There is no present perfect infinitive.  Infinitives don't have tense.  They don't mark either the present or the past. One way to show the difference is to use a verb that has a separate infinitive form.  The verb to be happens to have that property: I was happy to be finished with everything early. No present-tense form fits.  We don't use "to ...


1

They are all adjuncts ('adverbials' in traditional grammar) in clause structure - the first two are depictive giving descriptive information, and the last one resultative expressing a subsequent situation (CaGEL p1224). In the first two the situations are simultaneous and could be paraphrased crudely as: He was lying on the ground and staring into the sky ...


1

Re: Not learning French is my biggest regret. but not *Not to learn French is my biggest regret. Really, the negative is just a distraction. You can't say *To learn French is my biggest regret either. The reason is simply that the complex predicate adjective be one's biggest regret does not allow an infinitive subject complement. If if did, it might ...


1

At its most basic without a full lecture: Gerunds are used when actions are real, fixed, or completed. "I enjoy cooking." Infinitives are used when actions are unreal, abstract, or future: "He wants to swim." ...........but there are loads of exceptions!


1

First a definition: There are three kinds of finite subordinate clause: relative, comparative and content. The latter lacks the special properties of the other two, and is regarded as the default kind. The term 'content clause' reflects its default status: it suggests that the clause is simply selected for its semantic content. “That you can’t pick it up” ...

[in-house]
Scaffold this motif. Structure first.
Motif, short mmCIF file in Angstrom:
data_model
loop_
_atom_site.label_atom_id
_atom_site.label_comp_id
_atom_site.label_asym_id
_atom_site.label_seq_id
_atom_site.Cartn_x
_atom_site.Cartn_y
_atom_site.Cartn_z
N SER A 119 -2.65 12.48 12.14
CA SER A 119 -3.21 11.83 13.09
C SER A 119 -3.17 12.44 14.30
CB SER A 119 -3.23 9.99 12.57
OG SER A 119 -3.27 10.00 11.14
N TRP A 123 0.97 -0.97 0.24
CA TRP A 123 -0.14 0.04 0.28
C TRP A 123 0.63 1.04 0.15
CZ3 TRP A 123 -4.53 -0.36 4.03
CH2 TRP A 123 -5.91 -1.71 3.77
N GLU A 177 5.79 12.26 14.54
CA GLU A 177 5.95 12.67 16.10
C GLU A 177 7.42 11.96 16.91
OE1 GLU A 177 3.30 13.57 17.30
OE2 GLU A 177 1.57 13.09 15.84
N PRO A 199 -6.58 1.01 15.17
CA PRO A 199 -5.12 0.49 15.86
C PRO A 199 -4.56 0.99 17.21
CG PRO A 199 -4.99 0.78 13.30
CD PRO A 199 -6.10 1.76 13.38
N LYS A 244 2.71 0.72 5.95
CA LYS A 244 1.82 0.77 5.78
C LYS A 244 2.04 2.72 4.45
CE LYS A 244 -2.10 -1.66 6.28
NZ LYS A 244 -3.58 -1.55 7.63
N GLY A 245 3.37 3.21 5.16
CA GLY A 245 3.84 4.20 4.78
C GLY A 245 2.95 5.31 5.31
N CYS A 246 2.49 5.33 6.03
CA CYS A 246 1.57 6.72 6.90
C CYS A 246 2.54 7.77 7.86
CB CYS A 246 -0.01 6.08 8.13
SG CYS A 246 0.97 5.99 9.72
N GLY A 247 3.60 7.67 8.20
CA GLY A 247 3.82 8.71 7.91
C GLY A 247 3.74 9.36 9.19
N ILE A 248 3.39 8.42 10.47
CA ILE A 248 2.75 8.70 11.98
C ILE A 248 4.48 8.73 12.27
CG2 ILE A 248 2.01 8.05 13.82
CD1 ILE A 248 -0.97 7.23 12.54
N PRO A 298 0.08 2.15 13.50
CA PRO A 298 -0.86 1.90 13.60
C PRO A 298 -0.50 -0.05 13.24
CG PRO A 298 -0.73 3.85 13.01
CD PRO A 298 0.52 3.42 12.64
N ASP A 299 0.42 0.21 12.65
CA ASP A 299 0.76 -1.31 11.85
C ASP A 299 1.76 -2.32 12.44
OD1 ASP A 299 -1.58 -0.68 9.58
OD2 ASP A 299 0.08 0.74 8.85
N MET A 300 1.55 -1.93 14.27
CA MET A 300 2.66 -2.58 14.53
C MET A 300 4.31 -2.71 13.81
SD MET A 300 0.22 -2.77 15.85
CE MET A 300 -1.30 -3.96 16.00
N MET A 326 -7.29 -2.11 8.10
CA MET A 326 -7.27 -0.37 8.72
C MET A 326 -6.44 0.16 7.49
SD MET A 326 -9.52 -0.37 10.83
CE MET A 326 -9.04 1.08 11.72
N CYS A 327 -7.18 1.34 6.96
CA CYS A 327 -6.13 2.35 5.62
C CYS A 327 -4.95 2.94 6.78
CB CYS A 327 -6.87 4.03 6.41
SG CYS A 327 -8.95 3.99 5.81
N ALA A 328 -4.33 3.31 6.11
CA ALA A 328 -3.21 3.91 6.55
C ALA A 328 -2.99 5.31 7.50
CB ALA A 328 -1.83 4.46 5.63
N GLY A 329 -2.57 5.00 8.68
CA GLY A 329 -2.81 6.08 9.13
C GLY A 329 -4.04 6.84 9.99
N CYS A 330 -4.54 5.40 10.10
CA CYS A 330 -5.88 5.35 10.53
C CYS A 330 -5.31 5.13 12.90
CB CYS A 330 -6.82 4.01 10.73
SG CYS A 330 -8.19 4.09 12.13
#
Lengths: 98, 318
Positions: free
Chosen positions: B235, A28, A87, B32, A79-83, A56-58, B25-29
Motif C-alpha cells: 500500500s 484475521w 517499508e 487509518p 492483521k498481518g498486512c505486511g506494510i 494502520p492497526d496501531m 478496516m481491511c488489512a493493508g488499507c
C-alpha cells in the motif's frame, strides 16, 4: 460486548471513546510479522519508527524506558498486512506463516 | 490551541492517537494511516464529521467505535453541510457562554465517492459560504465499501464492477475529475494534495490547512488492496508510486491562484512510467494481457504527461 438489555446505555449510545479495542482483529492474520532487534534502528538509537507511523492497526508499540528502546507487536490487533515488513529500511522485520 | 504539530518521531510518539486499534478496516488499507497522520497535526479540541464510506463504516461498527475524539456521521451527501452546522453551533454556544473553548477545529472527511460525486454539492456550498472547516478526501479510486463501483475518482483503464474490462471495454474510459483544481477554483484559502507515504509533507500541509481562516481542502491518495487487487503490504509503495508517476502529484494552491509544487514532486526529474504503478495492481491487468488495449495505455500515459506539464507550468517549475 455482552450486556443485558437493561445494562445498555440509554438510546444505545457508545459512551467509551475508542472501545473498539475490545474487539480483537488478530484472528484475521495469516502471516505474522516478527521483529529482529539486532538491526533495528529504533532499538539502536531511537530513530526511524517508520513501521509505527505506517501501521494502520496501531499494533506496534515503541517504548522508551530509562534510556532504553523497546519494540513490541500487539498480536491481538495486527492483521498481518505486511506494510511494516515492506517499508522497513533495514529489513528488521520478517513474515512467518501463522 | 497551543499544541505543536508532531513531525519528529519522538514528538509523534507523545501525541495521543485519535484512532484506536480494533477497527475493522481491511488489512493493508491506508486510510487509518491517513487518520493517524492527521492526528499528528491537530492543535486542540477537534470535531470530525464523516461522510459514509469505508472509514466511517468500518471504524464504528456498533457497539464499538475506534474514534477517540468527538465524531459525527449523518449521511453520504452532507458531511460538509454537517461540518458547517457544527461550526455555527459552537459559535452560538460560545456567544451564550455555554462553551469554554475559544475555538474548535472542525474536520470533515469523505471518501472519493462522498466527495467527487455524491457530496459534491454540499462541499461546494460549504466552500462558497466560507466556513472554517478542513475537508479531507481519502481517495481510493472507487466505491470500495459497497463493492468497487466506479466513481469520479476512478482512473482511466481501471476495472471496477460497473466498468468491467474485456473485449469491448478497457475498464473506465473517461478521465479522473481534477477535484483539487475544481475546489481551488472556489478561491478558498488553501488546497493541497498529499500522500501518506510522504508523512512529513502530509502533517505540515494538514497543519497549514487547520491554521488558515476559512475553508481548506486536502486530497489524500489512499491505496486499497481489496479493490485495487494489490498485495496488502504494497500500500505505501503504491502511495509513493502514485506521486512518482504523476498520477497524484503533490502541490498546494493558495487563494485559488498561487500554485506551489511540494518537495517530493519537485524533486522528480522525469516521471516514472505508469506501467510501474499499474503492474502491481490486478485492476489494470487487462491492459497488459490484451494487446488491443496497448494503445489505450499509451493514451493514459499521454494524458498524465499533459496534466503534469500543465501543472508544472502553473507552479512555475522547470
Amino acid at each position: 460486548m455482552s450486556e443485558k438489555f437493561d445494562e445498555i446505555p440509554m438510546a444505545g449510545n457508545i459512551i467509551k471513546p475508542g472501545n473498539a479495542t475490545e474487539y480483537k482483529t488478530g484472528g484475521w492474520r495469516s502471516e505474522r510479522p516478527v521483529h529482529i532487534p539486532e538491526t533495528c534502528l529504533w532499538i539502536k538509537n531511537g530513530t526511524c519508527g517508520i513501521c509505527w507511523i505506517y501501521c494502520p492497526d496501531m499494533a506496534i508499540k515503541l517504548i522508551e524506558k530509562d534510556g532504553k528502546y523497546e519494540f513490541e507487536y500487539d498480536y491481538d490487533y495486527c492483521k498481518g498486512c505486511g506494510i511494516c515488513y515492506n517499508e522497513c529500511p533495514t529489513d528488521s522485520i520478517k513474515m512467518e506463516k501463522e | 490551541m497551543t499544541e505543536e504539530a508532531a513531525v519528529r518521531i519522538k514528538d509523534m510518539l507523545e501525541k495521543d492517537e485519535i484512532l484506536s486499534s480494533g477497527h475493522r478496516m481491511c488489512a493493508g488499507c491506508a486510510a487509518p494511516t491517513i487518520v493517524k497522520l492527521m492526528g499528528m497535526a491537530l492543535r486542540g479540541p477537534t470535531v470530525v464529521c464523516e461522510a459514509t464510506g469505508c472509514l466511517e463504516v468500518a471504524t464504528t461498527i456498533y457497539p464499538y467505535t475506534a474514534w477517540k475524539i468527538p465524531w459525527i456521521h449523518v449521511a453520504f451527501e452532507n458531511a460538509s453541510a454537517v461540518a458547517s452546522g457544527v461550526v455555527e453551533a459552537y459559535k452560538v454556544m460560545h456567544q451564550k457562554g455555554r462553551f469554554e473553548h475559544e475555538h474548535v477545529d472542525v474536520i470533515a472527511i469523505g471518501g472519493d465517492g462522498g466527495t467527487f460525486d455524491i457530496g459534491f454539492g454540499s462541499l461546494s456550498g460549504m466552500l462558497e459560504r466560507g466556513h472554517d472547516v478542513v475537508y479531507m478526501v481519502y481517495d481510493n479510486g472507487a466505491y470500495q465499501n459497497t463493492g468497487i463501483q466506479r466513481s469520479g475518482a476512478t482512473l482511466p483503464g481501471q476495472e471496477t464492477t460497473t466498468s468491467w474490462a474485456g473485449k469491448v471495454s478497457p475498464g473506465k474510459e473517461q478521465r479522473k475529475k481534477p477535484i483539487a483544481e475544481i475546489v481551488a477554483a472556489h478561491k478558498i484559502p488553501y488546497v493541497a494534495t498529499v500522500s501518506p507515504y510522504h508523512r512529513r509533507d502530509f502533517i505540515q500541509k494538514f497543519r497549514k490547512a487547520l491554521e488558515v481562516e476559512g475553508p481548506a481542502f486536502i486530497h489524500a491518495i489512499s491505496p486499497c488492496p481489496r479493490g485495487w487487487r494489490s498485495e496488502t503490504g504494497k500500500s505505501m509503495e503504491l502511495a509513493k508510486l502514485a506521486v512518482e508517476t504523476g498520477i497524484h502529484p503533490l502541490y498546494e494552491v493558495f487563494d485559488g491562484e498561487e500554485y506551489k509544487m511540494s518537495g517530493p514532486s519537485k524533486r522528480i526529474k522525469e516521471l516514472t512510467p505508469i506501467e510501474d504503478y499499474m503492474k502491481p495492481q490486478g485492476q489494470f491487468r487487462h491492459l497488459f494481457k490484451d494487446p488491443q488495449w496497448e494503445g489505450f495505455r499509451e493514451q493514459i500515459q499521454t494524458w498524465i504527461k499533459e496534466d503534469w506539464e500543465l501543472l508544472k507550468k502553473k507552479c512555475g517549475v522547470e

1

If you are asking how to prove it's incorrect I think by referring to the present subjunctive mood. The word "remove" here is not an infinitive. It is in the subjunctive mood, which in this case looks like the basic form of the verb. However, if you changed the person into the 3rd one, the form of the verb wouldn't change: it is important that he remove. ...


1

Either harming or to harm would work, but the sentence really needs an again at the end since they already harmed them before.


1

Your example sentence regarding a "promise to [...]" is of the direct object usage. "To get there in time" is the thing that was promised (in the abstract). Other examples of the direct object case are below. Notice these are all infinitives. I sought to learn more. She wanted to go. He started to run. However, there are plenty examples of a "to" ...


1

An easy rule of thumb is that the bare infinitive can only be used with: (1) Verbs of perception: I saw him eat pasta. I heard him speak in Italian. (2) The verbs let, make, have: I let them leave at once. I made them leave at once. I had them leave at once.


1

The infinitive (or perhaps it should be analyzed as the subjunctive?) gives a sense of completion, while the gerund gives more of a sense of process. So "There is a new approach to solving homelessness" indicates that the approach will help work on the problem of homelessness, while "There is a new approach to solve homelessness" implies that it will ...


1

Both "Your hair needs to be cut." and "Your hair needs cutting." are grammatically correct sentences, though the former sounds very formal and the latter would sound odd to an American English speaker, who would more likely say "You need a haircut."


1

If you see "to" before a verb it's telling you it's an infinitive so the question of tense doesn't come into consideration. The infinitive is formed by putting "to" before the verb. In this case it should be "caused him to scrape the skin away".


1

It shows there is an implied ending that the listener already understands. For example, if I said, "Would you like me to give you a ride to the airport," you might respond, "I'd love you to" or maybe just "Love you to." I know that you'd love me to ... take you to the airport. As for what the title means, well, you'll have to figure out what the Beatles ...


1

Taken literally, and in isolation from any context, the phrase does mean that someone is expected to take both actions. Such reading would, of course, normally be absurd in real life because, as TRomano pointed out in a comment 'the power to approve involves the power to withhold approval'. For this literal reading to make sense, we would have to assume that ...